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Ask an Accountant is provided by YMbD’s favourite accountant, Mindy Abramowitz.  Today, she gives some good news to parents — payments from the gov’t for kids, and tax credits.   (hmm.  I wonder if they’d consider helping out parents of daschunds.)

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babyHere is a roundup of the benefits and tax credits for parents of young children:

Canada Child Tax Benefit

The CCTB is a monthly, tax-free payment for any child under the age of 18. Payments begin in July and carry on through June based on the net income reported on your tax return from the previous year. Everywhere but in Alberta, the basic amount is $1,238/child/year (plus an additional $90 for third and each additional child). This amount is reduced by 2% of the family net income that exceeds $37,178 (4% for families with two or more children). Eligibility for the benefits tops out at a family income of approximately $101,328. But keep in mind that this figure is income net of RRSP contributions. You must apply to the federal government in order to receive this benefit.

Universal Child Care Benefit

The UCCB is available for each child under the age of 6. It is a flat payment of $100/month intended by the government to contribute to child care costs, though its use is left to the discretion of the recipient. The payments are taxable in the hands of the lower income earner in the family. Enrolment in the program is processed with the Child Tax Benefit application.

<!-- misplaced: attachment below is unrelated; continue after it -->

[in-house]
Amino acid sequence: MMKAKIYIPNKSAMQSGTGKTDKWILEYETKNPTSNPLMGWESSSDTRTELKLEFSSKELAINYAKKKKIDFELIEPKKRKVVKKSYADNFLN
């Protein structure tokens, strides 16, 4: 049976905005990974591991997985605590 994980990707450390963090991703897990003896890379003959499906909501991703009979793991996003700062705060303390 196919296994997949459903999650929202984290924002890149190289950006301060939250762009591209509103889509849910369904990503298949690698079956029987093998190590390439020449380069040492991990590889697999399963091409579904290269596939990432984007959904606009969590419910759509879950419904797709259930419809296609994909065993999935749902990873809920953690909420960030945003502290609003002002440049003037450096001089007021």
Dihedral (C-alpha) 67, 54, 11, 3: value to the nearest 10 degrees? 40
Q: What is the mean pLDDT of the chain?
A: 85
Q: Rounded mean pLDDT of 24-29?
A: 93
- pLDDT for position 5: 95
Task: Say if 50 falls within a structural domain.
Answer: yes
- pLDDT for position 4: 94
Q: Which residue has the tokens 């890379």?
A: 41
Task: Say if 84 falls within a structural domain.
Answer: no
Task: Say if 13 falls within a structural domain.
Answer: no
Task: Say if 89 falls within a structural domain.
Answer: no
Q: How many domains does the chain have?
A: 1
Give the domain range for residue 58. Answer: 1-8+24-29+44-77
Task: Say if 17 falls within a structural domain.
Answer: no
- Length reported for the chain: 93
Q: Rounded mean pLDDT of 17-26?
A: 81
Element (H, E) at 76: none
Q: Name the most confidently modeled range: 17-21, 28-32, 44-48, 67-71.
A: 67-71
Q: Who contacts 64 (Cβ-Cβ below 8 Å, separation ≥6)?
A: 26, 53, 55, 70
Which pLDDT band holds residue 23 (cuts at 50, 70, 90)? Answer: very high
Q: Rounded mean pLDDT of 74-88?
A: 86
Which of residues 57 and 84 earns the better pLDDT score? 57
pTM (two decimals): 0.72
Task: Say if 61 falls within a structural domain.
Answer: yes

Child Care Expenses

The spouse with the lower income can deduct up to $7,000 in child care expenses for each child under 16. Eligible expenses include payments to: nannies, daycare centres, nursery schools, day camps, boarding schools and sleep-away camps. Advertising costs to locate a child care provider can also be claimed.

Proposed Children’s Fitness Tax Credit

Starting in 2007, parents are eligible for a tax credit for registering children under 16 in ongoing, supervised activities intended for children that improve cardio-respiratory fitness along with one of the following: muscular strength, muscular endurance, flexibility, balance. The maximum amount eligible for the credit is $500 per child, so the maximum credit is $77.50 per child ($500 x 15.5%). The fees must have been paid in 2007 in order to be eligible. You will need a receipt to document the claim, though you are not required to submit receipts with your tax return.

New Child Tax Credit

The 2007 budget introduced a new child tax credit based on $2,000 per child under 18. The credit is calculated using the lowest personal tax rate of 15.5% and works out to $310/child. Either parent can claim the credit when the child lives with both parents throughout the year. In other cases, the parent who is eligible to claim the child as a dependent can claim the credit.

About the Author


Imagine if Canadians were known for being all over their money. Engaged. Proactive. Getting out of debt. Savvy. Saving. Generous. Nancy wants to help. Nancy started her own journey with money over 15 years ago, and formed her company “Your Money by Design” in 2004 to help others along the same path. It’s not the usual financial advising/investment stuff. It’s about taking control of day-to-day finances –managing monthly cashflow effectively, spending appropriately, getting out of debt, saving. If you're ready to take control over your finances, pop by her business site, YourMoneybyDesign.com

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